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25 Marathon May 22, 2011 at 4:35 am

There is no evidence that this story is true but on the other hand there is no evidence for the opposite. If those words were said by Alexander, the historians of the time would have written them and we would be able to reference them. Of course, Alexander was not a barbarian which happen to conquer the world; his was a smart and wise man who had as a teacher Aristotle, the greatest philosopher of all times. Therefore, I assume that his education and his live experience allow us to believe that the story is true.

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26 jo June 8, 2011 at 6:44 am

Macedonians were Greeks u crack smoking Former Republic Of Yugoslavia (FYROM) citizen

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27 Frank June 24, 2011 at 3:14 pm

Alexander the true GOD!!! And GREEK dumb asses read a book

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28 Kishanlal Kori April 17, 2012 at 8:45 pm

The life of Alexander the great is really great and his inspirations has really touched everone’s soul. I really appreciate his line said at the end. But today there are very less people who understand the way of living. There are very few people who understand but don’t follow. I will suggest that everyone should follow it. Because the world is to come to end and like the story says don’t ever learn at the end. Try to put the effort from the beginning. Everyone should know such a story from his first start of life…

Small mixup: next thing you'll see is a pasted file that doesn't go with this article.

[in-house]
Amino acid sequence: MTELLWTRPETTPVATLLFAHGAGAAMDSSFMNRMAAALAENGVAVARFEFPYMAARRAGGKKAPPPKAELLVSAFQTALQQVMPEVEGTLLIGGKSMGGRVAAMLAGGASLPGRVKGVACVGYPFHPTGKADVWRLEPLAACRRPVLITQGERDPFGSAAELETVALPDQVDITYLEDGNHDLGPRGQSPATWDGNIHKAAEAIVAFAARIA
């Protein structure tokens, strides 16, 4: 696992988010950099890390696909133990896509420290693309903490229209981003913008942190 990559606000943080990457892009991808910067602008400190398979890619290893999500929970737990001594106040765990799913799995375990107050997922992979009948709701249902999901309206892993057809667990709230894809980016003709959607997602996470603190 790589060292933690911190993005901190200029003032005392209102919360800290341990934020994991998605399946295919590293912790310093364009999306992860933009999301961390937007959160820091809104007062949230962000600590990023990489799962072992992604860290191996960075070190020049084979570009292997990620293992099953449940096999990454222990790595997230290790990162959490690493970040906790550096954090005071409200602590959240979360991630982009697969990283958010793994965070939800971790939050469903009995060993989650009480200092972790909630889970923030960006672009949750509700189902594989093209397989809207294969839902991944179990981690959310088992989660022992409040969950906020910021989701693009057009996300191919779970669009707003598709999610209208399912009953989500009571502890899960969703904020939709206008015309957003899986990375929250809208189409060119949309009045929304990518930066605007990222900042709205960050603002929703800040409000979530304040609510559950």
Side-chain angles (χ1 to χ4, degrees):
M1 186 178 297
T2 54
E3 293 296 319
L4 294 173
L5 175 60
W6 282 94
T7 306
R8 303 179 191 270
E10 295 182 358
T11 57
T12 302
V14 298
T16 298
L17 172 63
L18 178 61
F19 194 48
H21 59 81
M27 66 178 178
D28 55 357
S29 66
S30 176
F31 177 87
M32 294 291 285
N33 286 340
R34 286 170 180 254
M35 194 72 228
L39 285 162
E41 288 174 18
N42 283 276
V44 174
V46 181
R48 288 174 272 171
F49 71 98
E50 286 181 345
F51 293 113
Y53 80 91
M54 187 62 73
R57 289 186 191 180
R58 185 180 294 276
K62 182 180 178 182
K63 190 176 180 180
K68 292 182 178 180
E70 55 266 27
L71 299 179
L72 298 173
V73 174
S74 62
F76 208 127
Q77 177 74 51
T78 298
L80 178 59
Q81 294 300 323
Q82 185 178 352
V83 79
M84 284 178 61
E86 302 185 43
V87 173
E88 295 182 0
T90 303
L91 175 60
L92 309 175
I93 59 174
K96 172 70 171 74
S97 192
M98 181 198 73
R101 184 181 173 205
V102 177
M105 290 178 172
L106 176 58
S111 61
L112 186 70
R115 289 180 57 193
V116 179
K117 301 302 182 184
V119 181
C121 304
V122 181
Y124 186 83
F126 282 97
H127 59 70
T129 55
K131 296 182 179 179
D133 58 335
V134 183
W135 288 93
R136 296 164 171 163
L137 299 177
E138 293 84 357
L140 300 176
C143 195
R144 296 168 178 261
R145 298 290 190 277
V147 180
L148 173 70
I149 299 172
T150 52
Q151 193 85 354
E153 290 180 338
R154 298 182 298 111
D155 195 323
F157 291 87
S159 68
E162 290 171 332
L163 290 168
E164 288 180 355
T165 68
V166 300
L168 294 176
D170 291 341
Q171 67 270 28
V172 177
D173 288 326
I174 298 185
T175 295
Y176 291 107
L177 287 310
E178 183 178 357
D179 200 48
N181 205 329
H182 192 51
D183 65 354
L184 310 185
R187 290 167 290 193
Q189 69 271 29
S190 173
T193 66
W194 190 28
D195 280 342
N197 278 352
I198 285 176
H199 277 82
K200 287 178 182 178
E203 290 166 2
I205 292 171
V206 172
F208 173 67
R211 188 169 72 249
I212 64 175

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29 usha May 2, 2012 at 9:38 pm

its true that Alexander was a Macedonian king but later he conquered the entire Greece, through his expedition and he is considered to be the ruler. today only i studied at school about his death and the Greek
history ends up there! hands off to Alexander the great!!

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30 Scar August 27, 2012 at 7:15 am

Whatever this may be, fact or fallacy, I just love the lessons conveyed from here: surrender to reality (death), nothingness but SELF in death. May these lessons remind us of who and what we will be, every time we desire for more in life.